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Boost inventory management in your business with an omnichannel approach to retailing

By connecting their physical and digital stores, businesses can give their customers a more seamless shopping experience; however, this ‘omnichannel’ approach also facilitates better inventory management. Having real-time visibility of your inventory across all sales channels means less chance of overselling, better forecasting, and less hassle for staff.

Let’s backtrack quickly – what is omnichannel? It’s where customers can browse, purchase, and interact with a business across multiple sales channels, including in-store and online via mobile device or computer, either simultaneously or interchangeably – depending on what they find convenient. However, a business with a website, a mobile app, and a physical store isn’t an omnichannel retailer unless they have fused all those channels together for a seamless customer experience. Giving customers the ability to purchase an item using your mobile site, pick it up in your store, and return it via your website is an example of omnichannel retailing in action. And in omnichannel retailing, the different channels support one another – for example, social media can boost website traffic, which in turn can generate foot traffic for the physical store.

And omnichannel program, where all your sales channels are linked together, also improves your inventory management. This is because it requires you to have all your stock synced up across every channel – so if someone buys from your website, it automatically updates your stock store levels, or vice versa. This makes it far easier to keep track of your inventory and eliminates the risk of double-sells or running out of popular products.

In my view, there are generally two best-practice approaches to bringing your bricks and mortar and online stores together. One option is to run your online and offline stores using a omnichannel retail solution, with all your inventory, sales, and customer data available, in real-time, from a single platform. Or, you can to integrate different solutions so that data flows from one platform to the next.

Option 1: Use one platform for your online and offline stores

 This is the simplest and most straightforward way to go omnichannel. Talk to your existing provider (i.e. your point-of-sale (POS) vendor or ecommerce platform, depending on where you’re selling), and ask them about their omnichannel capabilities. Make sure you thoroughly explore what the solution can provide for both online and in-store. Many systems are often stronger in one area than another, so it pays to check before making the commitment.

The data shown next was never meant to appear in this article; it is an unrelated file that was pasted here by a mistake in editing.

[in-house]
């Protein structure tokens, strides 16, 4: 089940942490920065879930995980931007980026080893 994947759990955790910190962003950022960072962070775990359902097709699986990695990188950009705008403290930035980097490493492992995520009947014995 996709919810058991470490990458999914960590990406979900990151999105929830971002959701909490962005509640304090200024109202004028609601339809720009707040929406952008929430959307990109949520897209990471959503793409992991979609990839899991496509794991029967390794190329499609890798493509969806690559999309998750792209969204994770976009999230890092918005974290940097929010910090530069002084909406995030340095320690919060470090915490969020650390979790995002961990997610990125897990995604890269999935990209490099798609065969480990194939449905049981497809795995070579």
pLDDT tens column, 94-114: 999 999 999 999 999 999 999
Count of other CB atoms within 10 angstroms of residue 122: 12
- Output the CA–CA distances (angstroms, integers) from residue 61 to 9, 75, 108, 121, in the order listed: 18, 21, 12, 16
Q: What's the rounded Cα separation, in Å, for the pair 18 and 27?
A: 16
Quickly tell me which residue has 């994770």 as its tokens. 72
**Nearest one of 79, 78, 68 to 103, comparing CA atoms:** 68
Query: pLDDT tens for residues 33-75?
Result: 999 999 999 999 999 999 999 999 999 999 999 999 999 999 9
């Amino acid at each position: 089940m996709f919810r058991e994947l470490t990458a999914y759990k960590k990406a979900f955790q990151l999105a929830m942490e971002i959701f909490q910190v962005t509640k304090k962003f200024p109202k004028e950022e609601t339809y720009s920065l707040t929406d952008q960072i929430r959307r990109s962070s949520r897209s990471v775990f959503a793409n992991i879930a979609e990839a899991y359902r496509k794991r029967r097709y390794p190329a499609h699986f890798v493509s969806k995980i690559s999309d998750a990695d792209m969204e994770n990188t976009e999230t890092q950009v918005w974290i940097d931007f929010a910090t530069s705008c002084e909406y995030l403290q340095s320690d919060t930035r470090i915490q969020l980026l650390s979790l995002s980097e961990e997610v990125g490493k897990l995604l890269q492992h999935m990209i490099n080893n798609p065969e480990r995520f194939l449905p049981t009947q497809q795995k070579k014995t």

How does Option 1 assist a business with inventory management?

By using one omnichannel retail management system to sell in-store and online you can stay on top of orders and inventory with minimal hassle. If something sells out in your physical store, then that product will also be marked as sold-out online, and vice versa.

Option 2: Integrate different systems

For some small businesses, having one solution isn’t the best choice. For example, if you need advanced features or capabilities that a single platform can’t offer, then it makes more sense to use different solutions and integrate them together. If you’re going to connect different platforms then ensure you choose platforms with tight integrations. To make things easier, go for solutions with existing integrations that are proven to work well together, so you won’t have to develop one yourself.

How does Option 2 assist a business with inventory management?

For some retailers the features they are looking for are better met through integrating their POS with their chosen ecommerce solution. So how do they juggle their POS, ecommerce, and possibly also delivery methods? Two words: “tight integration” which means each provider has built a specific integration with each other, so you can be sure it works well. Or, you can often have a third party provider develop a strong integration for you. Doing this gives you the best of both worlds – omnichannel and smarter inventory management, with features that work best for your business.

Although connecting sales channels will improve inventory management and affords customers convenience in the way they engage the business, mistakes such as overselling can still occur. If this happens it’s important to contact your customer promptly, apologise for the inconvenience, advise them that the item isn’t currently in stock, and find a way to solve the problem for them.

But generally, this will be less likely to happen than if your systems are still kept completely separate, or you’re using a traditional till system that doesn’t have online capabilities at all. No one wants to spend hours manually checking and tracking stock across multiple stores and online – bringing everything together into a single view will have you large amounts of time, and money. You just need to decide which platforms and integrations are the best way for you to do this.

Once you’ve chosen your preferred approach and platform, the hard work is behind you. Next, you’ll need to establish business processes to support your omnichannel efforts and train your staff – and then you’re ready to reap the rewards of better stock control.

About the author

Francesca Nicasio is a retail expert and author from Vend. She’s constantly writing about trends, tips, and other things that can help retailers increase sales, serve customers better, and be more awesome overall.

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Francesca Nicasio

Francesca Nicasio

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